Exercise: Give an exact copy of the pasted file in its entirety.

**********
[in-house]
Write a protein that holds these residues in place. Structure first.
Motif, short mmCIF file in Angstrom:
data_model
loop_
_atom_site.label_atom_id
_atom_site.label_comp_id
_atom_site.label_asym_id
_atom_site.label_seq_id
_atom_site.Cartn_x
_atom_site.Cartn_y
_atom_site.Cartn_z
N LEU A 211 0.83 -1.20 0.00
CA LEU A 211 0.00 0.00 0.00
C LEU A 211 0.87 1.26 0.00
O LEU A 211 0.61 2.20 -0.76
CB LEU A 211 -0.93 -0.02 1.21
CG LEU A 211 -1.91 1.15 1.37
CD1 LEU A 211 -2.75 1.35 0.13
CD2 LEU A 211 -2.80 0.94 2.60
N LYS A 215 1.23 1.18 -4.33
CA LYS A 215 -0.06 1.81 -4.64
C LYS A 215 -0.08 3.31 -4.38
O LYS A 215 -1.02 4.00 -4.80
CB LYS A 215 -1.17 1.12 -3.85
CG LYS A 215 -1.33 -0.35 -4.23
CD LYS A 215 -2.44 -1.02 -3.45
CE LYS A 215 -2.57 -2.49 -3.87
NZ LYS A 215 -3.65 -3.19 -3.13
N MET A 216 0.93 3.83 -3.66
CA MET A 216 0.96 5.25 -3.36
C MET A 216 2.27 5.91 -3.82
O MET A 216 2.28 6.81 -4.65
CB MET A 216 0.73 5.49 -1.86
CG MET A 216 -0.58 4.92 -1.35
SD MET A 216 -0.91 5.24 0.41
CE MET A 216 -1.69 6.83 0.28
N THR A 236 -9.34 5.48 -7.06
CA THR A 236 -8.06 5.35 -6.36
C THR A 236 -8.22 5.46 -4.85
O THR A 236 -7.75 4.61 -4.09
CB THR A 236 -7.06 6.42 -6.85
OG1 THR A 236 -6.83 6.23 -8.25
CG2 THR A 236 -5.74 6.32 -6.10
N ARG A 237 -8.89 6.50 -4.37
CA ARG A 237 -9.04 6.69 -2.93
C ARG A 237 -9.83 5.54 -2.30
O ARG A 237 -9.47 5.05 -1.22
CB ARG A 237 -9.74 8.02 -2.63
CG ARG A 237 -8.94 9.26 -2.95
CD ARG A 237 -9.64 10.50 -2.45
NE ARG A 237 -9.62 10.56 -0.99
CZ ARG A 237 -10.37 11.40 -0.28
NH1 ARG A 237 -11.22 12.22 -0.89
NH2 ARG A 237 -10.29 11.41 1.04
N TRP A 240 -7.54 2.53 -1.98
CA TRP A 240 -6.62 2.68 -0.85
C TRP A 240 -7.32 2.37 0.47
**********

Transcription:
[in-house]
Write a protein that holds these residues in place. Structure first.
Motif, short mmCIF file in Angstrom:
data_model
loop_
_atom_site.label_atom_id
_atom_site.label_comp_id
_atom_site.label_asym_id
_atom_site.label_seq_id
_atom_site.Cartn_x
_atom_site.Cartn_y
_atom_site.Cartn_z
N LEU A 211 0.83 -1.20 0.00
CA LEU A 211 0.00 0.00 0.00
C LEU A 211 0.87 1.26 0.00
O LEU A 211 0.61 2.20 -0.76
CB LEU A 211 -0.93 -0.02 1.21
CG LEU A 211 -1.91 1.15 1.37
CD1 LEU A 211 -2.75 1.35 0.13
CD2 LEU A 211 -2.80 0.94 2.60
N LYS A 215 1.23 1.18 -4.33
CA LYS A 215 -0.06 1.81 -4.64
C LYS A 215 -0.08 3.31 -4.38
O LYS A 215 -1.02 4.00 -4.80
CB LYS A 215 -1.17 1.12 -3.85
CG LYS A 215 -1.33 -0.35 -4.23
CD LYS A 215 -2.44 -1.02 -3.45
CE LYS A 215 -2.57 -2.49 -3.87
NZ LYS A 215 -3.65 -3.19 -3.13
N MET A 216 0.93 3.83 -3.66
CA MET A 216 0.96 5.25 -3.36
C MET A 216 2.27 5.91 -3.82
O MET A 216 2.28 6.81 -4.65
CB MET A 216 0.73 5.49 -1.86
CG MET A 216 -0.58 4.92 -1.35
SD MET A 216 -0.91 5.24 0.41
CE MET A 216 -1.69 6.83 0.28
N THR A 236 -9.34 5.48 -7.06
CA THR A 236 -8.06 5.35 -6.36
C THR A 236 -8.22 5.46 -4.85
O THR A 236 -7.75 4.61 -4.09
CB THR A 236 -7.06 6.42 -6.85
OG1 THR A 236 -6.83 6.23 -8.25
CG2 THR A 236 -5.74 6.32 -6.10
N ARG A 237 -8.89 6.50 -4.37
CA ARG A 237 -9.04 6.69 -2.93
C ARG A 237 -9.83 5.54 -2.30
O ARG A 237 -9.47 5.05 -1.22
CB ARG A 237 -9.74 8.02 -2.63
CG ARG A 237 -8.94 9.26 -2.95
CD ARG A 237 -9.64 10.50 -2.45
NE ARG A 237 -9.62 10.56 -0.99
CZ ARG A 237 -10.37 11.40 -0.28
NH1 ARG A 237 -11.22 12.22 -0.89
NH2 ARG A 237 -10.29 11.41 1.04
N TRP A 240 -7.54 2.53 -1.98
CA TRP A 240 -6.62 2.68 -0.85
C TRP A 240 -7.32 2.37 0.47